March 15, 2016 News & Features » Cover Story


Behind the Ballot: Who Richmond Wants to Be the Next President 

Digging into the nitty-gritty of Super Tuesday results to learn more about how you and your neighbors voted.

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Richmond voters and their neighbors throughout Virginia, along with a dozen other states, had a chance to weigh in on party nominees March 1, otherwise known as Super Tuesday. Headlines in the aftermath could have credibly said that Hillary Clinton won the Democratic primary here, and Donald Trump won for the Republicans.

While there’s some logic to that — those candidates did capture a plurality of votes from Virginians, after all — the real prize in a nominating contest is delegates, and candidates scrape those up from a proportion of the total vote here in the commonwealth.

Modern political campaigns, especially on the national level, are built on data. The more a staff knows about which constituencies supported them, and which ones didn’t, the better placed they are to maximize their position in future nominating contests. And that’s not to mention what they learn about the campaign leading up to Nov. 8.

Methodology: Findings are based on analysis of unofficial, uncertified election results as reported by county registrars to the Virginia Department of Elections. Demographic data comes from the U.S. Census Bureau’s 2014 American Community Survey five-year estimates.

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Flying Solo
Four precincts recorded only one GOP vote. Ben Carson received the only Republican vote at precincts 5-1 in Franklin City and Young Park in Norfolk. Ted Cruz won the vote at Emporia precinct 5-1. And the lone Republican voter at Dunbar in Newport News chose Donald Trump.

Most Popular Place to Vote
The Robious precinct in Chesterfield recorded more votes than any other in-person voting location in Virginia: a total of 2,212. There were 1,656 Republicans, of whom 48.2 percent voted for Marco Rubio, and 556 Democrats, of whom 63.5 percent chose Hillary Clinton.

Least Popular Place to Vote
The loneliest polling location was Paint Bank, in a remote valley of Craig County. There, 21 ballots were cast with a plurality preferring Hillary Clinton.

Protest Vote?
The precinct at the Chrysler Museum in Norfolk recorded more votes for officially eliminated candidates than any other. There, 104, or 21 percent of the precinct’s total GOP votes, were cast for those who had already removed themselves from the race.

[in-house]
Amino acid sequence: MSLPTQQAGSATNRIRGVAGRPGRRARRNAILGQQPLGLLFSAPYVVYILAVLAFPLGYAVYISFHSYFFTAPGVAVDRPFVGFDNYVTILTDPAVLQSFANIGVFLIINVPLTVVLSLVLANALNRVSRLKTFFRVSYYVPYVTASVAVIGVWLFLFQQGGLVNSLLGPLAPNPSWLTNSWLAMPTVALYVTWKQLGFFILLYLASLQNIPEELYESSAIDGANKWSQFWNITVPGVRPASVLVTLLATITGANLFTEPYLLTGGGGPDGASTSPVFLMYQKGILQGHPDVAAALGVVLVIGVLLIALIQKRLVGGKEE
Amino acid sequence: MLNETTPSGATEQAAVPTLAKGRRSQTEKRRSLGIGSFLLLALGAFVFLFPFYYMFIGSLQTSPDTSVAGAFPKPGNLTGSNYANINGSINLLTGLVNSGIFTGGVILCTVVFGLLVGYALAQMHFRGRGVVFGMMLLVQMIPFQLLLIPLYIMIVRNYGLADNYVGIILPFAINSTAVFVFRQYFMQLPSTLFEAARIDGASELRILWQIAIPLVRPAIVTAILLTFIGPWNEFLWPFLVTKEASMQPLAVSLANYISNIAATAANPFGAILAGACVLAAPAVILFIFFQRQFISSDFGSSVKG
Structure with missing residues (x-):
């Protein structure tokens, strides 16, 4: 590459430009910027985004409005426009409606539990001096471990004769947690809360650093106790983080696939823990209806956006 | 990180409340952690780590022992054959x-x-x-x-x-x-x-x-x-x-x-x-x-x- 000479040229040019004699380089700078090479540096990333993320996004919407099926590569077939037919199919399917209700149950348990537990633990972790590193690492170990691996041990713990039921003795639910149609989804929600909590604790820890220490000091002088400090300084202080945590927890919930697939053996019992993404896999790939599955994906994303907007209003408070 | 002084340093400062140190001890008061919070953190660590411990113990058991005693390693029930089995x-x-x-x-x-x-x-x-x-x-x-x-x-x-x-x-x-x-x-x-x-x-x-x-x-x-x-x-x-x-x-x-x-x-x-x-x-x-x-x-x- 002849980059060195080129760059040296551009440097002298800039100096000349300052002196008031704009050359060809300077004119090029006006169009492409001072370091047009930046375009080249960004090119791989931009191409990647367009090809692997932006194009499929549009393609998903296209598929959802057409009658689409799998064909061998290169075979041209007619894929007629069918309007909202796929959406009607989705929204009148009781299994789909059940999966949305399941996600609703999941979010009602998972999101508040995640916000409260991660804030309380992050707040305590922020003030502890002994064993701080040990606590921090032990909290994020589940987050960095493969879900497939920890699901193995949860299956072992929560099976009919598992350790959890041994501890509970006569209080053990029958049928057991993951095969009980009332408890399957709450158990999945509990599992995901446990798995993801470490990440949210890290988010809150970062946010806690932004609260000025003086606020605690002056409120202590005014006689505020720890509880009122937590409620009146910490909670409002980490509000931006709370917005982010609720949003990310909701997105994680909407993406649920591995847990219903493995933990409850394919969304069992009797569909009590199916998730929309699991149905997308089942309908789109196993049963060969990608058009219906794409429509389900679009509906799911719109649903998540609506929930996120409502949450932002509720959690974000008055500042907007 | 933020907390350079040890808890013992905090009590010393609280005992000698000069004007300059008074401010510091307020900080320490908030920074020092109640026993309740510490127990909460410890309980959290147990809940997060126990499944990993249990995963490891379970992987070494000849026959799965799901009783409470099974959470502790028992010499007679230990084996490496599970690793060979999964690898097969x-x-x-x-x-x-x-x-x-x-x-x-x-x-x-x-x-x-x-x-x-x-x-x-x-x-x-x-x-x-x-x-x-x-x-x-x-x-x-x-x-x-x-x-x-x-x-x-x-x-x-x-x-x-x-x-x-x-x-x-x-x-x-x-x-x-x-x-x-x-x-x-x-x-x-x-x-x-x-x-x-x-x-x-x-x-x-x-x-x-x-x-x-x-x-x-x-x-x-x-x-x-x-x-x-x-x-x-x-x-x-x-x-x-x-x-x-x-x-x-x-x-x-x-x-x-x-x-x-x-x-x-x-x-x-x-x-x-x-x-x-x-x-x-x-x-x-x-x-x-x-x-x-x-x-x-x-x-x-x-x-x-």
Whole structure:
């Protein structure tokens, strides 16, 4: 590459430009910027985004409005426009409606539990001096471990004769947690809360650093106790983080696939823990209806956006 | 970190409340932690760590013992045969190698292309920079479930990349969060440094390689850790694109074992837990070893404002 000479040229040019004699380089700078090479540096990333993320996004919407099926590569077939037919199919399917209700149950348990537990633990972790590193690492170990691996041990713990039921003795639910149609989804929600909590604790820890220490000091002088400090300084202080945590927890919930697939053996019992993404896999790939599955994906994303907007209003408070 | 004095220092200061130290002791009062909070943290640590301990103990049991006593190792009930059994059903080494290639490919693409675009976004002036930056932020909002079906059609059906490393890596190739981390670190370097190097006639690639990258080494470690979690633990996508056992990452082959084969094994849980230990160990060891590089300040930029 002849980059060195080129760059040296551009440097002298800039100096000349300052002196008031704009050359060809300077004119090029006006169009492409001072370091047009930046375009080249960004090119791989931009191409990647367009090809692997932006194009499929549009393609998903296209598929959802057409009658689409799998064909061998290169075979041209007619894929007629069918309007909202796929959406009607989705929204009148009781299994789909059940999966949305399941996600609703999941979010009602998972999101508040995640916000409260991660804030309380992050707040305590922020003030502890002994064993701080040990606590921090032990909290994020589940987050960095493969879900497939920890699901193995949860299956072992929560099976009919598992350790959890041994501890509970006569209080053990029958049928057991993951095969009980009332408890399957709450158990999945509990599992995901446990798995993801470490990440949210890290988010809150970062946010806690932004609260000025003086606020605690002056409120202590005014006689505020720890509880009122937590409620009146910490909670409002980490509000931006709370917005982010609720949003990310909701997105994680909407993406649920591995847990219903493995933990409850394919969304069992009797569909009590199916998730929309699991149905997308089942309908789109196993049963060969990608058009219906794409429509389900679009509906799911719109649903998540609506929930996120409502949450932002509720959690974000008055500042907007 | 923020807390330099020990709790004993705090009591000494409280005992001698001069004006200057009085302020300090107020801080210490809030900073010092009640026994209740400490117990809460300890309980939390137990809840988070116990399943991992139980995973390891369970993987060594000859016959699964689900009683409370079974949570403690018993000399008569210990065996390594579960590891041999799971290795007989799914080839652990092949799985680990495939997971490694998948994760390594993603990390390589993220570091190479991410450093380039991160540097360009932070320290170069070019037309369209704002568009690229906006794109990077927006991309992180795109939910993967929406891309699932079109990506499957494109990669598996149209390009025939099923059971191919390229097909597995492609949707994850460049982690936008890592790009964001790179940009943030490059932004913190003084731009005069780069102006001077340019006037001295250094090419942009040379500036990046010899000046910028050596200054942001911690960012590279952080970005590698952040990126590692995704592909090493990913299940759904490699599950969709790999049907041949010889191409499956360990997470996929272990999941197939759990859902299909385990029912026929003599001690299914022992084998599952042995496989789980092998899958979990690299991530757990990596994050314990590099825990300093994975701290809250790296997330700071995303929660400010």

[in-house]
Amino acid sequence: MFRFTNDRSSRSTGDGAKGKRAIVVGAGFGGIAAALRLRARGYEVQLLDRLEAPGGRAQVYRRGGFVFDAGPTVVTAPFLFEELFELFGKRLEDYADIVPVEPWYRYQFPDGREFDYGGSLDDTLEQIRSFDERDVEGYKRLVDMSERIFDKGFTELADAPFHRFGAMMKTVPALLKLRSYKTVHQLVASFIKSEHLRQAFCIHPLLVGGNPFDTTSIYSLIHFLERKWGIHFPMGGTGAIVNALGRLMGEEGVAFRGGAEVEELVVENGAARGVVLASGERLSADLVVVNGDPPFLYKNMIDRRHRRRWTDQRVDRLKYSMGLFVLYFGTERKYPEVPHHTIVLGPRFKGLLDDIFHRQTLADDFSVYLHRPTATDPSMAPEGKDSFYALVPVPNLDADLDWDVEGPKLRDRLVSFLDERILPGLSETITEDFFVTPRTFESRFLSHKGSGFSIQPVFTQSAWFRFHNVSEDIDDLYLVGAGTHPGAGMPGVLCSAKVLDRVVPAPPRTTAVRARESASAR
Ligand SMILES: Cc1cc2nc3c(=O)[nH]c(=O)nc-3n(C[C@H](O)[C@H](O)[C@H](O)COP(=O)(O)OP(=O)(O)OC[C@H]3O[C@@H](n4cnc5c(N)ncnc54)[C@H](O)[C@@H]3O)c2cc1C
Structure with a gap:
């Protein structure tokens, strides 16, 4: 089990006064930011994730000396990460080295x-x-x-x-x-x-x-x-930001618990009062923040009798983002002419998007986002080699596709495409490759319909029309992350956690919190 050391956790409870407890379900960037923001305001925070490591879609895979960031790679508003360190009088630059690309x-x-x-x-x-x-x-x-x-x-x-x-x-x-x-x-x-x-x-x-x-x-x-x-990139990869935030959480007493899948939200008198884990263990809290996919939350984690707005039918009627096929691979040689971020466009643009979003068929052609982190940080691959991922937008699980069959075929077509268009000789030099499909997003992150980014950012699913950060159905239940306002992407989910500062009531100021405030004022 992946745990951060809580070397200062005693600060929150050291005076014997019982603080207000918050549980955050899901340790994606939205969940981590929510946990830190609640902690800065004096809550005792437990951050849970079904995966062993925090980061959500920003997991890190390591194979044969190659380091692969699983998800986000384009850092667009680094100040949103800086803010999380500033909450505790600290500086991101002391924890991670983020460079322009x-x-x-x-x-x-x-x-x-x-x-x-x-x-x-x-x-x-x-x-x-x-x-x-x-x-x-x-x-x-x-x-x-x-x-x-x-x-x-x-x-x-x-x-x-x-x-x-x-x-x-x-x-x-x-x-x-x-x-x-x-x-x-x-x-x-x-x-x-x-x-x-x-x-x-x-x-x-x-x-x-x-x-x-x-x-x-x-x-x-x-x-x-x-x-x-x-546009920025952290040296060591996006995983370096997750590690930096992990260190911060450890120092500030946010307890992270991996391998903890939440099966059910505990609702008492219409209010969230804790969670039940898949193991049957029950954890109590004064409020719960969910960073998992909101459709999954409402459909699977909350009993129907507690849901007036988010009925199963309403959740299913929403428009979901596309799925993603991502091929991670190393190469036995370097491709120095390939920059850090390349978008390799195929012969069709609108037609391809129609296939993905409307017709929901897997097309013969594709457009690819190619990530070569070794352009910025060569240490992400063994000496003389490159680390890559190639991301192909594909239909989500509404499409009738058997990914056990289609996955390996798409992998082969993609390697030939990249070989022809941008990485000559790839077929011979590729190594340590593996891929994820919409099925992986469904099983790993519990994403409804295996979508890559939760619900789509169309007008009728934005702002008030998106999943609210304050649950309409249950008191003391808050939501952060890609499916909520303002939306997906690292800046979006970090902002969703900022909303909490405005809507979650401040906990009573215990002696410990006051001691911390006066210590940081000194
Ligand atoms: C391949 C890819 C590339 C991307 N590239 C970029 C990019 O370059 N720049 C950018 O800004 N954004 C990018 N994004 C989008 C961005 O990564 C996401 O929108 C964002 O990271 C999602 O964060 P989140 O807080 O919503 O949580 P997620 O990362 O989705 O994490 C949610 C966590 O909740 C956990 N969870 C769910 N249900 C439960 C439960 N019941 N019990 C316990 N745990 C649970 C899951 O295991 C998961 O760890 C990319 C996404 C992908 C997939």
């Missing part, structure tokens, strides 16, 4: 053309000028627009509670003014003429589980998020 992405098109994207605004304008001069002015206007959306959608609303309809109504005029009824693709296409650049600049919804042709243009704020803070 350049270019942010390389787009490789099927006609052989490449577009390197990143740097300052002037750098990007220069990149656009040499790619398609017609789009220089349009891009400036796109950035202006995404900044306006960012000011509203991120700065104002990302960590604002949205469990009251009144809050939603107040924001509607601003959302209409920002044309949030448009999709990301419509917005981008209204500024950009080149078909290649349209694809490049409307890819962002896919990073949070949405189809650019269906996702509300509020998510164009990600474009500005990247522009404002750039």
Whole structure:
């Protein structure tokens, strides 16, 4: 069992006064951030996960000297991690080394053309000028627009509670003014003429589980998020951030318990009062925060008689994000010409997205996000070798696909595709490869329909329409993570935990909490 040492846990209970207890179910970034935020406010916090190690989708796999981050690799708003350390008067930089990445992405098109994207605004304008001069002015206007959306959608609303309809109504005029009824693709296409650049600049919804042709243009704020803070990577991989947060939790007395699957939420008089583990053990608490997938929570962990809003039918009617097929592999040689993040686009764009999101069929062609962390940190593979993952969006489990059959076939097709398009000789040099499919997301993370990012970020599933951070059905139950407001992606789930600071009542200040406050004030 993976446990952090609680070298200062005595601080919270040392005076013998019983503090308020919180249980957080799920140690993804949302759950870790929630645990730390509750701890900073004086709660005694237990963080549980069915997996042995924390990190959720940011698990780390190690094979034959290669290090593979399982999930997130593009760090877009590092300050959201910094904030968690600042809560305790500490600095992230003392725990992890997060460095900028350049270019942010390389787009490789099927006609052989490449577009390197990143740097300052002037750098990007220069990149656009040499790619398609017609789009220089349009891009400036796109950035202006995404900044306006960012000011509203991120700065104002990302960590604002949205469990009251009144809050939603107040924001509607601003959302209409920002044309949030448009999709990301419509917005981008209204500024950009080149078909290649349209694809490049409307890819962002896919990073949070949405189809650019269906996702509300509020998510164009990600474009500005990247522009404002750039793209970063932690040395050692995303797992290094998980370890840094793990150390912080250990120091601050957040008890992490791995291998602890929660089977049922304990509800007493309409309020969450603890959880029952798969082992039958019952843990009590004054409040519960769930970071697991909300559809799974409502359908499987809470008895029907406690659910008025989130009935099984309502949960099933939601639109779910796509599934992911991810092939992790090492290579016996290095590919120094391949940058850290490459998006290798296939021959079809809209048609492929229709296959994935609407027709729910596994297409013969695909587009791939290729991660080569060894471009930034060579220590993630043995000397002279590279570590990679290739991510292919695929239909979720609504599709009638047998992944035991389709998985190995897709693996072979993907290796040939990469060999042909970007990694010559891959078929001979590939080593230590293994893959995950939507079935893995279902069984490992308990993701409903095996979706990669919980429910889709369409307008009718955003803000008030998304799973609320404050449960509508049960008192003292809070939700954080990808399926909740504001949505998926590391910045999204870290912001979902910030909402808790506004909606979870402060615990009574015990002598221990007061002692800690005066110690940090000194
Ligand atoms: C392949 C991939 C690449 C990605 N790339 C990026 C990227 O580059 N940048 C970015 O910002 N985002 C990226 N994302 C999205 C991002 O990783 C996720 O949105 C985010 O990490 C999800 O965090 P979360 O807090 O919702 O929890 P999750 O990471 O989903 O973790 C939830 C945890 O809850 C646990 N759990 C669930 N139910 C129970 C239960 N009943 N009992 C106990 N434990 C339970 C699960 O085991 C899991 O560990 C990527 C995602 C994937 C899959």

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Interactive Map: Find Out How Your Neighborhood Voted

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Seeking Liberty
While evangelical Liberty University’s president, Jerry Falwell Jr., made waves by strongly endorsing Donald Trump, the results at the Lynchburg’s second precinct in the 3rd Ward, on the university’s campus, suggest that students aren’t convinced. The few Democratic primary votes cast, 39, gave Bernie Sanders his best precinct result in Virginia, with 89.7 percent of voters balloting for him. Of the 1,176 Republican votes cast, most went to Marco Rubio, 43.6 percent. As for Trump? A scant 7.7 percent.

All In
At two precincts, 100 percent of a small number of Democratic votes went to Hillary Clinton — Fairview in Scott County and Wakefield in Sussex County. In Richmond’s South Side, all but two of the 318 Democratic voters at the Bellemeade Community Center cast their ballots for her.

Democratic Volume
More Democratic votes were cast in the primary at Henrico County’s Rolfe Middle School precinct in the near East End than anywhere else in Virginia. The 1,692 Democratic ballots went 67.7 percent to Hillary Clinton.

Gilmore’s Glitch
While early preliminary totals suggested that former Virginia Gov. Jim Gilmore may have won 52 percent of the vote at the Hurt precinct in Pittsylvania County, a call to the registrar confirmed that it was a clerical error in transmission to the Department of Elections and that the votes were intended for Donald Trump.

O’Malley Love
Voters at Henrico County’s Spottswood precinct in the West End cast a Virginia-high 69 ballots for Martin O’Malley, for 34.9 percent of the total. The other 129 Democratic ballots went to Hillary Clinton. None for Bernie.

Trump Territory
While Donald Trump won a majority of the Republican votes in 25 different counties, the sum total 39,286 votes he earned in all those counties just barely eclipses his 33,064 votes from Fairfax County — No. 123 of 133 in Trump voting percentage.

Gone But Not Forgotten
Candidates who had officially dropped out of the race racked up 15,824 ballots throughout Virginia — 0.9 percent of all total votes. Of those, 11,800 were for a litany of Republican candidates who didn’t make it to March 1. Petersburg residents voted for withdrawn candidates at a higher rate than any others — 3.5 percent of the GOP vote.

Feeling the Bern
Bernie Sanders’ candidacy evidently attracted a wave of college-student votes. Precincts on or very near university campuses routinely reported 70 percent or better for the senator. But his best county-level result was from rural countercultural haven Floyd, where 935 Democratic voters — 70 percent of the total — selected him. Don’t overestimate Floyd’s leftiness from that result, though. It’s still Southwest Virginia, and 44 percent more GOP ballots than Democrat ballots were cast. Those voters preferred Trump.

The Bottom Line
How many votes each candidate had to earn per delegate awarded.

Hillary Clinton: 8,138
Bernie Sanders: 8,365
Ben Carson: 20,053
Ted Cruz: 21,380
John Kasich: 19,458
Marco Rubio: 20,476
Donald Trump: 20,976



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